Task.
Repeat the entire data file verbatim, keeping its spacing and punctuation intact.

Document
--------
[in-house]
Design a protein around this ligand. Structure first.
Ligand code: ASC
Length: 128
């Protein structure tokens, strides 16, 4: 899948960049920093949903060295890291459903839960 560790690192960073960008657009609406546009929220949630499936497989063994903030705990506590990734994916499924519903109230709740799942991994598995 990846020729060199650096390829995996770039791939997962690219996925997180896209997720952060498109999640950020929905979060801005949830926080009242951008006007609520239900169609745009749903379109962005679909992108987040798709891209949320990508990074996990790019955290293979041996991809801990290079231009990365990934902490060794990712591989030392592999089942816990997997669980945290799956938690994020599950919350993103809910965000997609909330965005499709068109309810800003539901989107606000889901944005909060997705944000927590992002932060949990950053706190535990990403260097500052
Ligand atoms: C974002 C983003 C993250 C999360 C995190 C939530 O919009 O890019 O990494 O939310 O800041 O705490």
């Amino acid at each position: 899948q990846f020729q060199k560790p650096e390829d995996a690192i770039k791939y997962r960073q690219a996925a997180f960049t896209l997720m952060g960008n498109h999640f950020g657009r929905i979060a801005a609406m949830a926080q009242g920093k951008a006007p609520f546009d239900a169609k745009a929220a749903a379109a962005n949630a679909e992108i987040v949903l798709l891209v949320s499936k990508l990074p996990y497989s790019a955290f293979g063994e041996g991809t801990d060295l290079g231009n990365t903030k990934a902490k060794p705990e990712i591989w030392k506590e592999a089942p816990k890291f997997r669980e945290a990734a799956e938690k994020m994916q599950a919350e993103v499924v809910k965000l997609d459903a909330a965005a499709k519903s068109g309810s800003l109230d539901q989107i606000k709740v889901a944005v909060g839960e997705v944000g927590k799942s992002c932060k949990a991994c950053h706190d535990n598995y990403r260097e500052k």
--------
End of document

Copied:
[in-house]
Design a protein around this ligand. Structure first.
Ligand code: ASC
Length: 128
């Protein structure tokens, strides 16, 4: 899948960049920093949903060295890291459903839960 560790690192960073960008657009609406546009929220949630499936497989063994903030705990506590990734994916499924519903109230709740799942991994598995 990846020729060199650096390829995996770039791939997962690219996925997180896209997720952060498109999640950020929905979060801005949830926080009242951008006007609520239900169609745009749903379109962005679909992108987040798709891209949320990508990074996990790019955290293979041996991809801990290079231009990365990934902490060794990712591989030392592999089942816990997997669980945290799956938690994020599950919350993103809910965000997609909330965005499709068109309810800003539901989107606000889901944005909060997705944000927590992002932060949990950053706190535990990403260097500052
Ligand atoms: C974002 C983003 C993250 C999360 C995190 C939530 O919009 O890019 O990494 O939310 O800041 O705490």
């Amino acid at each position: 899948q990846f020729q060199k560790p650096e390829d995996a690192i770039k791939y997962r960073q690219a996925a997180f960049t896209l997720m952060g960008n498109h999640f950020g657009r929905i979060a801005a609406m949830a926080q009242g920093k951008a006007p609520f546009d239900a169609k745009a929220a749903a379109a962005n949630a679909e992108i987040v949903l798709l891209v949320s499936k990508l990074p996990y497989s790019a955290f293979g063994e041996g991809t801990d060295l290079g231009n990365t903030k990934a902490k060794p705990e990712i591989w030392k506590e592999a089942p816990k890291f997997r669980e945290a990734a799956e938690k994020m994916q599950a919350e993103v499924v809910k965000l997609d459903a909330a965005a499709k519903s068109g309810s800003l109230d539901q989107i606000k709740v889901a944005v909060g839960e997705v944000g927590k799942s992002c932060k949990a991994c950053h706190d535990n598995y990403r260097e500052k």